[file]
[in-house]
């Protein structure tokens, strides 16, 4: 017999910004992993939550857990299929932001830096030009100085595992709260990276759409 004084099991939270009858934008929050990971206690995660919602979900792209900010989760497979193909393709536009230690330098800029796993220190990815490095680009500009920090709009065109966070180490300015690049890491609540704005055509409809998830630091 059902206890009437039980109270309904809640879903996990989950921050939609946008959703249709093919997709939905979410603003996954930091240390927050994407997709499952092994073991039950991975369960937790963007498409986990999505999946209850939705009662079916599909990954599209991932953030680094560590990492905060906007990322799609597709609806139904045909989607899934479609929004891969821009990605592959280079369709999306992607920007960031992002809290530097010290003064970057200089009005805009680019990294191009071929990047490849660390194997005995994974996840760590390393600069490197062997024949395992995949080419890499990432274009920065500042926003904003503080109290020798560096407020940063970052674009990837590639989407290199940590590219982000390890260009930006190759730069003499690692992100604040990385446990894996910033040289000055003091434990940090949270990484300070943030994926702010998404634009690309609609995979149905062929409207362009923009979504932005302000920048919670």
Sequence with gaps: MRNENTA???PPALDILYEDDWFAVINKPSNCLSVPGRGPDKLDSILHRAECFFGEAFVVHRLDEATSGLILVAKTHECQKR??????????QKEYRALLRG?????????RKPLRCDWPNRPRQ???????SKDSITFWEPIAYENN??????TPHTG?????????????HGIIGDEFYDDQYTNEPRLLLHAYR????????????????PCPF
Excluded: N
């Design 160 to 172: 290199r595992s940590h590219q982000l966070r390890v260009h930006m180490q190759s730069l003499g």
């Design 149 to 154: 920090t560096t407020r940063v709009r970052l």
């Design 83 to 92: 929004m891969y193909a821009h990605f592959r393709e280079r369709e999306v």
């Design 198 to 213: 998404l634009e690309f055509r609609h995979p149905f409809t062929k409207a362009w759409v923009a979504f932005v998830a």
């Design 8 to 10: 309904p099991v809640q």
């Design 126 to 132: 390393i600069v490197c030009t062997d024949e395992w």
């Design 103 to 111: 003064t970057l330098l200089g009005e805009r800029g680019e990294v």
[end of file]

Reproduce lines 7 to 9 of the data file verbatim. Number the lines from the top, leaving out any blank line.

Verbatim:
């Design 83 to 92: 929004m891969y193909a821009h990605f592959r393709e280079r369709e999306v």
């Design 198 to 213: 998404l634009e690309f055509r609609h995979p149905f409809t062929k409207a362009w759409v923009a979504f932005v998830a």
């Design 8 to 10: 309904p099991v809640q």